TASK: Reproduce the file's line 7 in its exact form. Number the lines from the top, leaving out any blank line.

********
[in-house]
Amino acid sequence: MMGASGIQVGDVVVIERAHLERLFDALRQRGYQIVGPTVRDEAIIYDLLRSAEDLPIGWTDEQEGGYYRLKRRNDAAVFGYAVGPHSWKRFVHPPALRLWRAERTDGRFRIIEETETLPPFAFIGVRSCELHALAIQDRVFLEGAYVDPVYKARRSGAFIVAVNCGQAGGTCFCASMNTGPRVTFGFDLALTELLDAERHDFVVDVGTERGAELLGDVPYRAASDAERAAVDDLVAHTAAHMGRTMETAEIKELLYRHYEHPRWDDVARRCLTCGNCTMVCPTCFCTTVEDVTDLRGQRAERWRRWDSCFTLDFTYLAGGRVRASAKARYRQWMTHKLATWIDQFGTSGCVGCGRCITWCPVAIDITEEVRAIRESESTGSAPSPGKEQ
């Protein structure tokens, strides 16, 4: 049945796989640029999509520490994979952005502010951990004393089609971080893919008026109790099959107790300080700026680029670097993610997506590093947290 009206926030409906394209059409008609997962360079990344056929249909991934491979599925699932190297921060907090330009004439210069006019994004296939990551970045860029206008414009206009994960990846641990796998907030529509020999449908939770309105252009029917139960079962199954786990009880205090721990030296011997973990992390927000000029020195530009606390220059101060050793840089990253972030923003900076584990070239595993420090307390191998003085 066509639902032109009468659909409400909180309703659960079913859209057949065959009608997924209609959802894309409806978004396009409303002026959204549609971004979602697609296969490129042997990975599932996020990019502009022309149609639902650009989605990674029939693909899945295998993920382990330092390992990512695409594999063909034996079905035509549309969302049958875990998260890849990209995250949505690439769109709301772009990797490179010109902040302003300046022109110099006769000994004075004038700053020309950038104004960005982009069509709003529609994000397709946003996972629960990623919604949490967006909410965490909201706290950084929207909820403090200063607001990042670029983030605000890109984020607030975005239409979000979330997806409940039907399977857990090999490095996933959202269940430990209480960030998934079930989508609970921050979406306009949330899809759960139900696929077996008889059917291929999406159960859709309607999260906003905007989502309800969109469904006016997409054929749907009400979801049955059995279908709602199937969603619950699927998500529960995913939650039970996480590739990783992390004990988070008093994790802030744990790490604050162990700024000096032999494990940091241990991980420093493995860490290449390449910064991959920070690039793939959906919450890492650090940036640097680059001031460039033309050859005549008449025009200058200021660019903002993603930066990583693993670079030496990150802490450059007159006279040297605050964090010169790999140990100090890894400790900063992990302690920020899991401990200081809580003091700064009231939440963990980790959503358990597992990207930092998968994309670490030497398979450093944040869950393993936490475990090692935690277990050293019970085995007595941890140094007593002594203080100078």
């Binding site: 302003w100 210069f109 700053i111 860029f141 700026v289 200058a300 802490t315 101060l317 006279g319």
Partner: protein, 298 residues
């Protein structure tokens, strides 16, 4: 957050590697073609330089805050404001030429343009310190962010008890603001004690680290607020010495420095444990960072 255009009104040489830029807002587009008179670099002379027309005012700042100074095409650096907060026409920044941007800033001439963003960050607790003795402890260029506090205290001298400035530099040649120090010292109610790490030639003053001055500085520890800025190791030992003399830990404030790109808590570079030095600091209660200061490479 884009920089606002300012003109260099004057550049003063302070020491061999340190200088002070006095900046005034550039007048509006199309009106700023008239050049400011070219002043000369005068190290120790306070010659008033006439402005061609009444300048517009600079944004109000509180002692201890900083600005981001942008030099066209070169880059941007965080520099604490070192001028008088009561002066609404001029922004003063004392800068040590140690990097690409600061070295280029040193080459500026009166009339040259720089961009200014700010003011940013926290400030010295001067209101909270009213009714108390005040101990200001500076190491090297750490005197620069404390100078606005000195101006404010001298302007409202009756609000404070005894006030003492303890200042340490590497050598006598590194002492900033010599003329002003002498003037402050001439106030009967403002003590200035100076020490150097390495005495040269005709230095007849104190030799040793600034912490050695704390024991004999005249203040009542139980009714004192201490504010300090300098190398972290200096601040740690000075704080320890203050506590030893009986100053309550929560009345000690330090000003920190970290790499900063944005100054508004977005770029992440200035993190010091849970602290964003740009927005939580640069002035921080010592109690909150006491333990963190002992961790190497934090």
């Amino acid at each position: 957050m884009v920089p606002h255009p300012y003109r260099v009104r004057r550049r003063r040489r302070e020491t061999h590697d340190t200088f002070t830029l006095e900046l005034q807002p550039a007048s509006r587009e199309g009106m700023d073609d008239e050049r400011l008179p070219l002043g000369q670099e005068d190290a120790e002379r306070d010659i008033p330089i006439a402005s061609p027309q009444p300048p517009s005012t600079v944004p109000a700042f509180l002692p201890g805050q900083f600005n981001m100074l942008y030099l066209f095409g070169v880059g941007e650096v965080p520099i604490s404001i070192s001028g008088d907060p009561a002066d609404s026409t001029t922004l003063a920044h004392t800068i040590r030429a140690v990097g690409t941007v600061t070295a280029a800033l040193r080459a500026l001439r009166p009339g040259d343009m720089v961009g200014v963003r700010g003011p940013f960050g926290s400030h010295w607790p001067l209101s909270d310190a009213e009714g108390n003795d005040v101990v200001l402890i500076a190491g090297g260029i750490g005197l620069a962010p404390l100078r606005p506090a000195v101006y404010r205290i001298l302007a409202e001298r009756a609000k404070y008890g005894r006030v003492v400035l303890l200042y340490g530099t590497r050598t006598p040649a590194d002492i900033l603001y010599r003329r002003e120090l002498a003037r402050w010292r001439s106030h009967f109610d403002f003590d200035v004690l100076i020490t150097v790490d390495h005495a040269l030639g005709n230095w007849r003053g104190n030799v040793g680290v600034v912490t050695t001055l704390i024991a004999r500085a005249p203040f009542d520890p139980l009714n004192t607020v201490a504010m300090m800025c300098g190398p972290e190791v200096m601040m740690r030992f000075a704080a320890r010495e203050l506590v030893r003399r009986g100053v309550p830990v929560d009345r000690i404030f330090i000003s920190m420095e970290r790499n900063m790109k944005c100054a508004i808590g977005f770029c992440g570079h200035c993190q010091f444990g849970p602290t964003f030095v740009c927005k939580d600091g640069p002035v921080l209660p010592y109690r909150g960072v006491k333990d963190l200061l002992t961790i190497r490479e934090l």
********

């Amino acid at each position: 957050m884009v920089p606002h255009p300012y003109r260099v009104r004057r550049r003063r040489r302070e020491t061999h590697d340190t200088f002070t830029l006095e900046l005034q807002p550039a007048s509006r587009e199309g009106m700023d073609d008239e050049r400011l008179p070219l002043g000369q670099e005068d190290a120790e002379r306070d010659i008033p330089i006439a402005s061609p027309q009444p300048p517009s005012t600079v944004p109000a700042f509180l002692p201890g805050q900083f600005n981001m100074l942008y030099l066209f095409g070169v880059g941007e650096v965080p520099i604490s404001i070192s001028g008088d907060p009561a002066d609404s026409t001029t922004l003063a920044h004392t800068i040590r030429a140690v990097g690409t941007v600061t070295a280029a800033l040193r080459a500026l001439r009166p009339g040259d343009m720089v961009g200014v963003r700010g003011p940013f960050g926290s400030h010295w607790p001067l209101s909270d310190a009213e009714g108390n003795d005040v101990v200001l402890i500076a190491g090297g260029i750490g005197l620069a962010p404390l100078r606005p506090a000195v101006y404010r205290i001298l302007a409202e001298r009756a609000k404070y008890g005894r006030v003492v400035l303890l200042y340490g530099t590497r050598t006598p040649a590194d002492i900033l603001y010599r003329r002003e120090l002498a003037r402050w010292r001439s106030h009967f109610d403002f003590d200035v004690l100076i020490t150097v790490d390495h005495a040269l030639g005709n230095w007849r003053g104190n030799v040793g680290v600034v912490t050695t001055l704390i024991a004999r500085a005249p203040f009542d520890p139980l009714n004192t607020v201490a504010m300090m800025c300098g190398p972290e190791v200096m601040m740690r030992f000075a704080a320890r010495e203050l506590v030893r003399r009986g100053v309550p830990v929560d009345r000690i404030f330090i000003s920190m420095e970290r790499n900063m790109k944005c100054a508004i808590g977005f770029c992440g570079h200035c993190q010091f444990g849970p602290t964003f030095v740009c927005k939580d600091g640069p002035v921080l209660p010592y109690r909150g960072v006491k333990d963190l200061l002992t961790i190497r490479e934090l």